Making the Connection: Randomized Controlled Trial of Social Skills at School for Children with Autism Spectrum Disorders

Reviewed by: Katelyn Selver, Rutgers University

Kasari, C., Rotheram-Fuller, E., Locke, J., & Gulsrud, A. (2012). Making the connection: Randomized controlled trial of social skills at school for children with autism spectrum disorders. Journal of Child Psychology and Psychiatry, 53, 431-439.

Why research this topic? 

The development and maintenance of peer relationships are important parts of a child’s success in academic and social environments. Individuals with ASD often have difficulty developing strong relationships with their peers due to their social skills deficits. Researchers have sought to develop interventions to teach individuals with autism to interact appropriately with their peers. Some models emphasize a peer-mediated approach, while other approaches involve direct social skills training and instruction either in a group or individual setting. Although social skills intervention has empirical and theoretical support, research has yet to directly compare the efficacy of different approaches to social skills training.

The present study compared two interventions for improving the social skills of high functioning children with autism spectrum disorders in general education classrooms. One intervention involved a peer-mediated approach (PEER) and the other involved a child-assisted approach (CHILD). 

What did the researchers do?

The authors randomized 60 participants (6 females, 54 males), all with an autism diagnosis, to two levels of treatment. Thirty students were randomized to receive the CHILD intervention and 30 were randomized to receive the PEER intervention. Within these levels, 15 students were randomized to receive no treatment and 15 were randomized to receive both treatments. All interventions took place in children’s public schools.

Those participants who were randomized to the CHILD condition met with interventionists twice a week for 20-minute sessions for six weeks. The intervention began by identifying social skills to target. Once these skills were identified, instructors used didactic instruction and role-playing to teach the target skills. PEER interventionists aimed to increase appropriate and meaningful social interaction by teaching typical peers to interact with children with autism. Three typically developing children from the target child’s classroom were taught strategies for engaging individuals with social difficulties on the playground. Peer groups met for a total of 12, 20-minute sessions over a span of six weeks (2x per week). Typically developing peers were taught how to identify isolated children and engage them and how to lend social support via direct instruction, modeling, role-playing, and rehearsal. The authors measured the students’ prominence within their classroom social network, behavioral observation, and teacher perception of social skills to evaluate the effectiveness of intervention.

What did the researchers find? 

Overall, results indicated that participants who received both the CHILD and the PEER interventions made the greatest gain in social network salience (SNS) with a large effect size. However, it seemed that the PEER intervention caused greater movement than the CHILD intervention toward a central role in the classroom social network in a shorter time period and that this improvement was maintained at the 12-week follow up. Participants assigned to the peer mediated intervention were more involved with their peers on the playground and scored higher on measures of teacher perception of social skills.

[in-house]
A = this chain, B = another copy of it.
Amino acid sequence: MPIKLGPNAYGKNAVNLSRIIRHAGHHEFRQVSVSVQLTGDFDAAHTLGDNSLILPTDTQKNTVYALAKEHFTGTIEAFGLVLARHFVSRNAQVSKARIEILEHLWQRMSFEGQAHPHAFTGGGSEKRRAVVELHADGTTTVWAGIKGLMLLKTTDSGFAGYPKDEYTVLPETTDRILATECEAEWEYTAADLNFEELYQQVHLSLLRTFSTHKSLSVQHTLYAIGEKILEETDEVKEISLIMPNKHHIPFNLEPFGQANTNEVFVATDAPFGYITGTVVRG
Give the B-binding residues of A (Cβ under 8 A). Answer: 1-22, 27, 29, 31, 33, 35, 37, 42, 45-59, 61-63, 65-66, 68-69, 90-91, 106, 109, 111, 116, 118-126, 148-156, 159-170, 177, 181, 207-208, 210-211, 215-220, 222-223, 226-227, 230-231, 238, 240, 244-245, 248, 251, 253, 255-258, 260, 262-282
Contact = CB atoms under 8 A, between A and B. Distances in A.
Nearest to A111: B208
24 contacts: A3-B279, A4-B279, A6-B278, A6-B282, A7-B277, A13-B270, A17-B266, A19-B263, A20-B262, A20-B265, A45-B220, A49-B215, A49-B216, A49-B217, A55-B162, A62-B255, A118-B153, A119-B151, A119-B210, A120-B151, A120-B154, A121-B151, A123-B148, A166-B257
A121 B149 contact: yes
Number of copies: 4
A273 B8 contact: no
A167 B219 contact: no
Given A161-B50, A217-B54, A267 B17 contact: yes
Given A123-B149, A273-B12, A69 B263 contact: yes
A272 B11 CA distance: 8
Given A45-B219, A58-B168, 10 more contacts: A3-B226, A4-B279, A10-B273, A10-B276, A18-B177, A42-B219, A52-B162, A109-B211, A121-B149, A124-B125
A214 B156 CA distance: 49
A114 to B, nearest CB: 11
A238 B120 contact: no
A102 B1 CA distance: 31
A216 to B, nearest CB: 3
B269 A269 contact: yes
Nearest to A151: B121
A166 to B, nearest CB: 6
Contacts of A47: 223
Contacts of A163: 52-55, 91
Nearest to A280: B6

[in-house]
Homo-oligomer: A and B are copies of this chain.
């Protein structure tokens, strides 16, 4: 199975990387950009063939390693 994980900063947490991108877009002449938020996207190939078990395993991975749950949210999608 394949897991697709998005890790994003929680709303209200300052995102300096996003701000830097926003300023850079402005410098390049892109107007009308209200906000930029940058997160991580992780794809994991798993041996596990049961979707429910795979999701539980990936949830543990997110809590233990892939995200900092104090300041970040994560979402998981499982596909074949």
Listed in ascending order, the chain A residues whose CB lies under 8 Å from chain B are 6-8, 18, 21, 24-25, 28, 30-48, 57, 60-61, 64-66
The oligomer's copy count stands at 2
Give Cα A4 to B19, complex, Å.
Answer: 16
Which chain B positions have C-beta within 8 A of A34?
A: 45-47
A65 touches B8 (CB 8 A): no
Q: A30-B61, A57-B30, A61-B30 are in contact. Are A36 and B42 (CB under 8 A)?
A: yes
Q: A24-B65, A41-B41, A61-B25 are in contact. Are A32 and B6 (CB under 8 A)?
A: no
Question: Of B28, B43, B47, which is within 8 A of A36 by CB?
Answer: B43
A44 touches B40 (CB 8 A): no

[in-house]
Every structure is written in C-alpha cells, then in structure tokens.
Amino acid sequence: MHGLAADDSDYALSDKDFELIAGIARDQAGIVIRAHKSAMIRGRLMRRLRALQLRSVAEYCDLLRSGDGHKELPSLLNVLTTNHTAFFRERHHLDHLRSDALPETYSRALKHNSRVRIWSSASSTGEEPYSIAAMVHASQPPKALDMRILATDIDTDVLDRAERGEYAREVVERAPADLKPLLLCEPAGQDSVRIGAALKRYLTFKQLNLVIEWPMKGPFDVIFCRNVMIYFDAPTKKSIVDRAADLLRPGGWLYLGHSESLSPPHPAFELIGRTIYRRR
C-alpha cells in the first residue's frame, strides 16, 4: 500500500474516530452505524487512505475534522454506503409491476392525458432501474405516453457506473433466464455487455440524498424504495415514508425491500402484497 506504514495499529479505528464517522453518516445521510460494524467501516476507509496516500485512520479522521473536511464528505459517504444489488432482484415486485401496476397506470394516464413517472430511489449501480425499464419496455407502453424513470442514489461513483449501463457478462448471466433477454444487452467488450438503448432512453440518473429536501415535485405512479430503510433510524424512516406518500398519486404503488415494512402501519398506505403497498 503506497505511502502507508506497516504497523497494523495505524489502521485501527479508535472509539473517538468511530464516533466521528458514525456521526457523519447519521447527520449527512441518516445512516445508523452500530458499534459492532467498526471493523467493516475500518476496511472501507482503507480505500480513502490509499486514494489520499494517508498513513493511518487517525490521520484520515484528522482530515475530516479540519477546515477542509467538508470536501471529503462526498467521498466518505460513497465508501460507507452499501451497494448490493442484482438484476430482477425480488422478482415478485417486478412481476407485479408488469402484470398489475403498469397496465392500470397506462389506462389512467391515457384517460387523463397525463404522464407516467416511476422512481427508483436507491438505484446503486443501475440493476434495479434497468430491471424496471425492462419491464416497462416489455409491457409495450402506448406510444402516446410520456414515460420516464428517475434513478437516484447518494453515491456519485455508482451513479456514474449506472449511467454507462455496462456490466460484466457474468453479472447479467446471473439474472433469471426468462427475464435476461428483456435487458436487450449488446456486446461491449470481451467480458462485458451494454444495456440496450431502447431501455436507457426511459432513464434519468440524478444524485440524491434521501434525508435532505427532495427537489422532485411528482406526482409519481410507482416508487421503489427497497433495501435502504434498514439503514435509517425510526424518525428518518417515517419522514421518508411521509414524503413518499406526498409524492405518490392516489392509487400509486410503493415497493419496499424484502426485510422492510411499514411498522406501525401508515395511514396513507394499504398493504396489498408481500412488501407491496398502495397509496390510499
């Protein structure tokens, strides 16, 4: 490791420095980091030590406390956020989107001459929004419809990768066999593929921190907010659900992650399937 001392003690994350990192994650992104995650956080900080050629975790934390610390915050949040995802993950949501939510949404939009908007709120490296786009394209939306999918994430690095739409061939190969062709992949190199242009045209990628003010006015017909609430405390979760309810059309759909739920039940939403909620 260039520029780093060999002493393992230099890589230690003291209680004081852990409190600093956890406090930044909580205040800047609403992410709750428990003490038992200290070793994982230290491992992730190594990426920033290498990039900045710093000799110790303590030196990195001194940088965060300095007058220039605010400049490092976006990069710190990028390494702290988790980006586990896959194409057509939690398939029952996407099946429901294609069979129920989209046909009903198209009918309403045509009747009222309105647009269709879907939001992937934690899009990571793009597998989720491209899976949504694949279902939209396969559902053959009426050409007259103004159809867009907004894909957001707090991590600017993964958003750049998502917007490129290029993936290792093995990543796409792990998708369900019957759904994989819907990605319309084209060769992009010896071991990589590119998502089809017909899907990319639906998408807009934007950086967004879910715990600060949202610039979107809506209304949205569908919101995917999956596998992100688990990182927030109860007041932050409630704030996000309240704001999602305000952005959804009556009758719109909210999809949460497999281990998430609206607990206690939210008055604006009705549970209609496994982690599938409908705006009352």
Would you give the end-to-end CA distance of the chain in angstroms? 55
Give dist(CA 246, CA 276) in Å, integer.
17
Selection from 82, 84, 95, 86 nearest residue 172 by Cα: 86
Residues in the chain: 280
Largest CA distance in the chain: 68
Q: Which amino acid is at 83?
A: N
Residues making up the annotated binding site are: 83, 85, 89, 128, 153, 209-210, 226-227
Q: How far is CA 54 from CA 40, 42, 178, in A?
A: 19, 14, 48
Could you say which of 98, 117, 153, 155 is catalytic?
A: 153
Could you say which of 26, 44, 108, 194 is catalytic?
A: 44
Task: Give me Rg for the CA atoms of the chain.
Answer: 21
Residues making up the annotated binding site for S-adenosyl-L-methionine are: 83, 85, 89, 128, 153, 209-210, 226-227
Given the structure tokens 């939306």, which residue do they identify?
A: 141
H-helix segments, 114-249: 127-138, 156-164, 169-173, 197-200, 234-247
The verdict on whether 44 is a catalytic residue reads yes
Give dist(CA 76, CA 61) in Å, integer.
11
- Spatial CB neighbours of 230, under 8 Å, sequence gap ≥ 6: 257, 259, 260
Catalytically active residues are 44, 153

What do the results mean? 

These results suggest that social skills interventions can be delivered effectively in public schools and with the involvement of typically developing models. The authors suggest that these school-based, peer-mediated interventions may be preferable to the two of the most common alternatives: conducting social skills training off-site (in a clinic setting) or assigning a one-to one aide to support students at school. Currently, the most common social skills interventions are one-to-one instruction with an adult and child-mediated. These results suggest that children may not generalize the social skills they learn in a one-on-one context with an adult to interactions with their peers. Several points are worth noting in regards to these findings. Reciprocal friendship ratings did not change from baseline to post-treatment. Although children exposed to the PEER mediated intervention were more likely to be nominated as a friend by their classmates after treatment, the participants themselves were unlikely to nominate their peers as friends. A similar phenomenon was observed when examining engagement on the playground. Although individuals randomized to the PEER intervention were less likely to engage in solitary play and more likely to be involved with their peers, no such gains were seen in students receiving the CHILD intervention alone. Both of these findings suggest that reciprocal friendships and playground engagement may be more complex skills that require a more intensive and specific intervention. However, the study indicates that short-term interventions can help children with autism join peer networks.

Cite This:

Selver, K. (2014). Research Synopsis of Kasari et al. (2012), Making the connection: Randomized controlled trial of social skills at school for children with Autism Spectrum Disorders. Science in Autism Treatment, 11(4), pp. 22-23

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